Shopping Cart

Contract for Differences (CFD)

Contract for Differences (CFDs) occur for financial derivatives transactions, where the difference between the settlement price of opening and closing transactions is settled in cash and there is no physical delivery of goods between the buyer and seller. The underlying value of the asset is not considered in the transaction. Unlike options and futures contracts, CFDs have no expiration date. 


Traders are encouraged to use CFDs because of its higher leverage, lower cost than buying the underlying asset, and increased ease of trading long and short. CFD traders bet on whether the price of a financial instrument will increase  or decrease. Traders expecting a price increase will buy a CFD, while traders who expect to see a price drop in the future market will sell.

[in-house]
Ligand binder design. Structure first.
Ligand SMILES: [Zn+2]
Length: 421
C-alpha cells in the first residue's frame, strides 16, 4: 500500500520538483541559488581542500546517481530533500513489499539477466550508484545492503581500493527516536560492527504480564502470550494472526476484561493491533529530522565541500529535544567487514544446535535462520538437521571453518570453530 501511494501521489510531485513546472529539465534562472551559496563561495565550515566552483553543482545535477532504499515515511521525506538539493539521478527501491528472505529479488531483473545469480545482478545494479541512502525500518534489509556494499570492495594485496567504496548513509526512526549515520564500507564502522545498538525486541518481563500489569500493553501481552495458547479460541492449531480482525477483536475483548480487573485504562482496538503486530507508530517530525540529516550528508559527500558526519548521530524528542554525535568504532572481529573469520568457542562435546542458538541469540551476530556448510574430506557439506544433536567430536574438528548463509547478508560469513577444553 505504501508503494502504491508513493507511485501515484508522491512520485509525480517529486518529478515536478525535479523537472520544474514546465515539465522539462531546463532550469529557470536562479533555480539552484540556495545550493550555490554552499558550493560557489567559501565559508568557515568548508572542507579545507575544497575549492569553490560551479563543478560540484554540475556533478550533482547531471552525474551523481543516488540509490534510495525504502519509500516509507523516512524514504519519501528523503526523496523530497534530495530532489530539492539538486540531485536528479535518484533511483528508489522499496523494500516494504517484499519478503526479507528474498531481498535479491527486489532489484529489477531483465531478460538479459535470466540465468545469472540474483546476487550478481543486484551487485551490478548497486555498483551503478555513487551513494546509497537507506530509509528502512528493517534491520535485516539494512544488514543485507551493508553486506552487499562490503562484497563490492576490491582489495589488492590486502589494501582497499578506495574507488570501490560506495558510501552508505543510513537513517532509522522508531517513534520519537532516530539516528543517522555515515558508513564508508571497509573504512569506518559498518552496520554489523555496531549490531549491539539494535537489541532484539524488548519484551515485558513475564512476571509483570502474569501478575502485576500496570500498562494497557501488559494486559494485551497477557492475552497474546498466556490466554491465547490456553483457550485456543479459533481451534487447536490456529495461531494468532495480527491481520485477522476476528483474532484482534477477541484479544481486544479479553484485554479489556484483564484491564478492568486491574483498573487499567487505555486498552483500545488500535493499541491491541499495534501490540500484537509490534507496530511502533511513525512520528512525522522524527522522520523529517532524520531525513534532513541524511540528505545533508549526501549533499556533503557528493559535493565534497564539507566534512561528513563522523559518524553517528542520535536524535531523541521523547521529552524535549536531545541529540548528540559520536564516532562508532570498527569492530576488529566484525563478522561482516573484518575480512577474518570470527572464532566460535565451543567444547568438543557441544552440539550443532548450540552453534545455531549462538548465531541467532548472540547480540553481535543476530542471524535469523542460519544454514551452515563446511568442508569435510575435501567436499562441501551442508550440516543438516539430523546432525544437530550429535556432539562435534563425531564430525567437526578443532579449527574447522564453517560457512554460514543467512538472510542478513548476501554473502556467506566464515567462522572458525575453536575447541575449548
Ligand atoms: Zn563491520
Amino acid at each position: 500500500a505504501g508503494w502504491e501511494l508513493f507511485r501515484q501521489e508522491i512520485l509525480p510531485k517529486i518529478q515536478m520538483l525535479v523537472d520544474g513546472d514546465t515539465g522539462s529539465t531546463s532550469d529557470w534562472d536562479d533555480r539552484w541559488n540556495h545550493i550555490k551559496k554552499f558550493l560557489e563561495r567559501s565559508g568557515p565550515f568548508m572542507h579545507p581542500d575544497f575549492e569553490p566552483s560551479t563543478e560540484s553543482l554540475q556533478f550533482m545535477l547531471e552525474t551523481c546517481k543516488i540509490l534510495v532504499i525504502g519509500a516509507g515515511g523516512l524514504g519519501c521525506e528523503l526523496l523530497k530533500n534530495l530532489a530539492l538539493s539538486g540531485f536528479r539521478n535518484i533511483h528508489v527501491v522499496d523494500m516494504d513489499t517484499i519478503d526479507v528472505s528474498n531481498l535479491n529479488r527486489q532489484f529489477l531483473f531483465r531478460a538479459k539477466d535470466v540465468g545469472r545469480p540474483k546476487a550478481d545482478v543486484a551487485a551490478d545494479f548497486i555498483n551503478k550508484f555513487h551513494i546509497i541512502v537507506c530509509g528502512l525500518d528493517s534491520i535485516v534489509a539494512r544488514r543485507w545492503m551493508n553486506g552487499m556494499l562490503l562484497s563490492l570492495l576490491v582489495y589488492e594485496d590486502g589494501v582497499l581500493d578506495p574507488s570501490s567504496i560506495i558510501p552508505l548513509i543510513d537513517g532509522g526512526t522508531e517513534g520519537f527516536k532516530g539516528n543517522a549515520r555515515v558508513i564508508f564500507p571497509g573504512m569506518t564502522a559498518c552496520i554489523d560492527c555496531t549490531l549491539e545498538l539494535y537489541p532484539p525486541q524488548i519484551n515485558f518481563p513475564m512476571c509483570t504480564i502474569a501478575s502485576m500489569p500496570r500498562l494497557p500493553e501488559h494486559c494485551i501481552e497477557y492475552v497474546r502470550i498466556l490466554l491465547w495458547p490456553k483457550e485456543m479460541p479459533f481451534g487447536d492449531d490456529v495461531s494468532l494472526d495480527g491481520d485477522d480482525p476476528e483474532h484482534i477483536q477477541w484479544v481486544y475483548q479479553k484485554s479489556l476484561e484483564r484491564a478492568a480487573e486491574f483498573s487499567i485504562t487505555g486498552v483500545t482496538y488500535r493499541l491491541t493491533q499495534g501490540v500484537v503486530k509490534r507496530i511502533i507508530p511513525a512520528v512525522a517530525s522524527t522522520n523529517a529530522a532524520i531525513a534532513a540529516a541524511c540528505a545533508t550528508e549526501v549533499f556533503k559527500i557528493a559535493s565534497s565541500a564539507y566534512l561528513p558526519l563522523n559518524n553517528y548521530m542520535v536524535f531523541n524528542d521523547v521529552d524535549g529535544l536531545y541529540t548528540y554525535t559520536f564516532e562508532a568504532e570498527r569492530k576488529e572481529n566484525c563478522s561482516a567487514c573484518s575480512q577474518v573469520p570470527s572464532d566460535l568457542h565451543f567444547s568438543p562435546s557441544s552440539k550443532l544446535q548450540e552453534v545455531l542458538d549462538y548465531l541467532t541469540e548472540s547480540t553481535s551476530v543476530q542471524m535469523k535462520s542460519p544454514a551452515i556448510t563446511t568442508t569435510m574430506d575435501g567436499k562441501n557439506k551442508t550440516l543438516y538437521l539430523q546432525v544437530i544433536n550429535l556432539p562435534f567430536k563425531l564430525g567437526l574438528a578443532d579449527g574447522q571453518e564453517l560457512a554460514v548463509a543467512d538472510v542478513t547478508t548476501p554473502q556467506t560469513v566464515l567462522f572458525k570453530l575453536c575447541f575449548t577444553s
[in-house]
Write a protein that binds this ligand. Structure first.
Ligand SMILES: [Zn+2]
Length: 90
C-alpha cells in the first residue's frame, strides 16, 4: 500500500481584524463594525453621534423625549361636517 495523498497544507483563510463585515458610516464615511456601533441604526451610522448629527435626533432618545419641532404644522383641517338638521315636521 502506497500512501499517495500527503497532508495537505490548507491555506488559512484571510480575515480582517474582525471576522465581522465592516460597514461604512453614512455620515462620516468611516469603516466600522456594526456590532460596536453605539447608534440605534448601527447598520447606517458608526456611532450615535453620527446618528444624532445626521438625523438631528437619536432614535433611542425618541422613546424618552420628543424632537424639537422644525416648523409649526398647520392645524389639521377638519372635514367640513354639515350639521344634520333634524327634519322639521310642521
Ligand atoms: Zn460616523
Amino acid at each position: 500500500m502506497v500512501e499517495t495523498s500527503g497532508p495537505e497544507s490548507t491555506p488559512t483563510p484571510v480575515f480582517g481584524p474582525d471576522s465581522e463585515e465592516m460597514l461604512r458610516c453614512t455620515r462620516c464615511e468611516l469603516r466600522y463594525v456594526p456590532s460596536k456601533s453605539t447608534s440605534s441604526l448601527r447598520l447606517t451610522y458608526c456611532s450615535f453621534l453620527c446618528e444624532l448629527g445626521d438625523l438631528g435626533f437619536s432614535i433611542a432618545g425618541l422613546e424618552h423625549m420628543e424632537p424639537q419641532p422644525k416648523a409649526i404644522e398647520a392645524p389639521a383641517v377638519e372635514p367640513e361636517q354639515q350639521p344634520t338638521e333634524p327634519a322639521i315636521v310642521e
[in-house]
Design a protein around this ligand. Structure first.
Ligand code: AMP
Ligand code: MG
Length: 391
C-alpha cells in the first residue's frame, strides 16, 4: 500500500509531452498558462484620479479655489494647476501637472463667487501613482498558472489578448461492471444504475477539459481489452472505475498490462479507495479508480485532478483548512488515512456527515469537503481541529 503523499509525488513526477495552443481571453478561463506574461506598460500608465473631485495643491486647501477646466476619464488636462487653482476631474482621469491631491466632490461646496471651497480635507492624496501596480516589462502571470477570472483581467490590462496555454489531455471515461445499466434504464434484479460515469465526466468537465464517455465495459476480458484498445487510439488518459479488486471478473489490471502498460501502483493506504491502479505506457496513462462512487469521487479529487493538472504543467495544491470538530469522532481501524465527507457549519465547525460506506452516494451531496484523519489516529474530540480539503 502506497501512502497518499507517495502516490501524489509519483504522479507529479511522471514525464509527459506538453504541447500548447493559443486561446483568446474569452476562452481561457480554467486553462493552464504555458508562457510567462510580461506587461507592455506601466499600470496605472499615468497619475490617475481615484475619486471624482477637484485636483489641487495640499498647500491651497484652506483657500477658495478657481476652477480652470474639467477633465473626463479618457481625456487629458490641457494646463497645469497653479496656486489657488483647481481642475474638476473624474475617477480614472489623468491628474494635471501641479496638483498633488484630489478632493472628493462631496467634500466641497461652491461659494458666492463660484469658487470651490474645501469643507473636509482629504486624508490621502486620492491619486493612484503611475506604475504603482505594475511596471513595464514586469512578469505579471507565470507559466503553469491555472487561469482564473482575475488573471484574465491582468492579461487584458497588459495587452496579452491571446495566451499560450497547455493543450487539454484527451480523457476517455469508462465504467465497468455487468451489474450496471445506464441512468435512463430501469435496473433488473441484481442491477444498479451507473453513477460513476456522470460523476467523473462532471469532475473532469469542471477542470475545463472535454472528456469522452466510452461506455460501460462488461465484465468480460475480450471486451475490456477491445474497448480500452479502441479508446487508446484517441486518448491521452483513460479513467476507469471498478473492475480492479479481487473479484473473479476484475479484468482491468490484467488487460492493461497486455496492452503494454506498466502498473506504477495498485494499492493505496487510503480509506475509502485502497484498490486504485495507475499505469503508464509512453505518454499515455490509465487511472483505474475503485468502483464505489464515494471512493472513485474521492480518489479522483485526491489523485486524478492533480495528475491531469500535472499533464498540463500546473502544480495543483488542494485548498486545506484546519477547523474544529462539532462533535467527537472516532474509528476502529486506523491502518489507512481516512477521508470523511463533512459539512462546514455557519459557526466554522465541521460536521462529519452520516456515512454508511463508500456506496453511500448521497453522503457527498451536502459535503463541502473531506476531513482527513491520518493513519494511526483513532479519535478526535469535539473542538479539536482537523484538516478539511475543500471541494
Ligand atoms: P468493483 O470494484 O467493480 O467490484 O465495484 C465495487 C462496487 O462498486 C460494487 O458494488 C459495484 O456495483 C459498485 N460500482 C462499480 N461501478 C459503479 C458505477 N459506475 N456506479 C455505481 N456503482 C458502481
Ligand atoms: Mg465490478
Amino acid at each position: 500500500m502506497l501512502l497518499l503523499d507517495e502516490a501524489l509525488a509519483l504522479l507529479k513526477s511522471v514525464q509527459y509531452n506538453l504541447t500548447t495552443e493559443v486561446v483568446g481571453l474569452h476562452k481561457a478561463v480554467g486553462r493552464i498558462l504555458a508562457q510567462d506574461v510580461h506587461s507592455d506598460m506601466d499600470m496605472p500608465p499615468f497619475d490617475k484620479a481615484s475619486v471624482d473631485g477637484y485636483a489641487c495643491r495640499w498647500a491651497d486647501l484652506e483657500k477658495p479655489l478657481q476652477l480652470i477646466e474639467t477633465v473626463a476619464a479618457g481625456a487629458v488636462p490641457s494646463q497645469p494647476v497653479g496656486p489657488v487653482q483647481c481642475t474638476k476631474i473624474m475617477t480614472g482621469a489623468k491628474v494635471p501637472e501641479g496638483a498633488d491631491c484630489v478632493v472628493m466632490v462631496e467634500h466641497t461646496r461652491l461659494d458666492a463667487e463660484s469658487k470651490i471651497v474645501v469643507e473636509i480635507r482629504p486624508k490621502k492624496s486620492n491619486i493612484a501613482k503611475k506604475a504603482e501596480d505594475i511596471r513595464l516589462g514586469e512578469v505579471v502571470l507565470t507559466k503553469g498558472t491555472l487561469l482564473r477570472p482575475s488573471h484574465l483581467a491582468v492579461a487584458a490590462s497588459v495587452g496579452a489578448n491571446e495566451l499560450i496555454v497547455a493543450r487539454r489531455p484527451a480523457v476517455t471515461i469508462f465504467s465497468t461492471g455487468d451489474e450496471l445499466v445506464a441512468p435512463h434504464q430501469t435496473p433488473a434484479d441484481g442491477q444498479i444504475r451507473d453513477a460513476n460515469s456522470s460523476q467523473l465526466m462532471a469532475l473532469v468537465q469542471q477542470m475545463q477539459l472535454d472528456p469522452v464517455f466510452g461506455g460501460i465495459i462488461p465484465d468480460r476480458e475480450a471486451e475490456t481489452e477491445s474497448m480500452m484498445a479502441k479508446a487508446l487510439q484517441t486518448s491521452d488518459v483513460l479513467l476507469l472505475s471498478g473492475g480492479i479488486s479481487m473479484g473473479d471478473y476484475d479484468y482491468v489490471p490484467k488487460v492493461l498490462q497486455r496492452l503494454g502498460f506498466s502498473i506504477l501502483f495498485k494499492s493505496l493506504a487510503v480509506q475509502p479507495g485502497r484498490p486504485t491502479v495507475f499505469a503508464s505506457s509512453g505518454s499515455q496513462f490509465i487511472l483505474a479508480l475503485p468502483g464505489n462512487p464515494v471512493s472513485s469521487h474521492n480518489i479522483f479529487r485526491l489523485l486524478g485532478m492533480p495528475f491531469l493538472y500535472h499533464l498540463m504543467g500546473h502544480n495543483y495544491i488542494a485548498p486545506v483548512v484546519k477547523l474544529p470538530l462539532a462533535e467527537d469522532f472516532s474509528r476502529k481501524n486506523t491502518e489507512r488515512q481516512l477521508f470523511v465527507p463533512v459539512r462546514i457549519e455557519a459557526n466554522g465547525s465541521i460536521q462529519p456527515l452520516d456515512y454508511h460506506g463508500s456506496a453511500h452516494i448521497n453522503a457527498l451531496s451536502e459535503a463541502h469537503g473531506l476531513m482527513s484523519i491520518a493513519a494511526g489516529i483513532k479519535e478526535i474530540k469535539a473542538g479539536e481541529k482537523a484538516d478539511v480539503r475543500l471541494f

CFDS are available to experienced European traders, and are not eligible for citizens of the United States and Hong Kong. This is due to the fact that it does not have strict rules, oversight, and legislation unlike traditional markets, so the credibility of the broker and contract depends on other factors, such as market reputation. CFDs are offered in a forex market. Given the nature of the contract, CFDs are subject to market, counterparty, and liquidity risk. 


The money that you invest in a CFD is a fraction of the market value, which means traders have to invest less money to participate in the contract and there is a greater potential for returns and losses. For example, you may only need to spend $ 5,000 for a $ 100,000 contract. In fact, you are borrowing 95% of the rest of this value. In this example, only a 1% change in share price could result in a $ 1,000 loss (equivalent to 20% of your initial capital). 

 

 


References: 


https://www.investopedia.com/terms/c/contractfordifferences.asp

https://www.investopedia.com/articles/stocks/09/trade-a-cfd.asp

https://www.moneysmart.gov.au/investing/investment-warnings/contracts-for-difference